States are increasingly struggling to meet their obligations under the Individuals with Disabilities Education Act, with federal officials labeling a growing number of states as deficient multiple years in a row.

The U.S. Department of Education says that the performance of only 20 states “meets requirements” for serving students with disabilities ages 3 to 21 under federal special education law. The agency deemed all other states as “needs assistance,” with most having earned that label for at least two years in a row.

Under IDEA, the Education Department is required to assess how well each state provides special education services annually and assign it to one of four categories: meets requirements, needs assistance, needs intervention and needs substantial intervention.

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The determinations released this month are based on a review of the 2022-2023 school year.

Among states that were found to need assistance, 25 and Washington, D.C. have received the designation for two or more years consecutively, the Education Department said. That’s three more states than last year.

Failing to achieve the status of “meets requirements” for multiple years is significant. Under the law, the Education Department must take enforcement action, which can include requiring the state to access technical assistance or directing funds to the areas deemed inadequate, among other things.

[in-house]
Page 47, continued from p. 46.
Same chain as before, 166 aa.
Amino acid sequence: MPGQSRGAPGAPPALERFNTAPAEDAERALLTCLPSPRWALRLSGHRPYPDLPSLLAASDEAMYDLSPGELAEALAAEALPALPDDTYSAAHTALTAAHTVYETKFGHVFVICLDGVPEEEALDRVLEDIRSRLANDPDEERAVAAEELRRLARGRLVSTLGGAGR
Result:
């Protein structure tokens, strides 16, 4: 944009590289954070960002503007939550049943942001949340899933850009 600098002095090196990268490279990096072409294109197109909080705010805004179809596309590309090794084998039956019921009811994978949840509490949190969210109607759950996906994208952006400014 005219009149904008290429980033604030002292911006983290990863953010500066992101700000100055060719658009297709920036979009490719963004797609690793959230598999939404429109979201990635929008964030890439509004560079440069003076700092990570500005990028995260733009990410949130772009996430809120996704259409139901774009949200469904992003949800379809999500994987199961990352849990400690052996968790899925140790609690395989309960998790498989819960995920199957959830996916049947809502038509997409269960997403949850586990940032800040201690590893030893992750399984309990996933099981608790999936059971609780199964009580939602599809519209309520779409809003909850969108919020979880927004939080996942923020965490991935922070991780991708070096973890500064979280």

No states were labeled “needs intervention” or “needs substantial intervention.”

The states that did satisfy the “meets requirements” standard were Alabama, Connecticut, Florida, Georgia, Illinois, Indiana, Kansas, Kentucky, Maryland, Massachusetts, Minnesota, Missouri, Nebraska, New Jersey, Pennsylvania, Texas, Virginia, Washington, Wisconsin and Wyoming.

A separate evaluation of programs serving infants and toddlers with disabilities through age 2 designated 29 states as “meets requirements.” Two states were labeled “needs intervention” and the remaining ones were placed in the “needs assistance” category.

The Education Department said that it will release more detailed information about each state’s performance in August.

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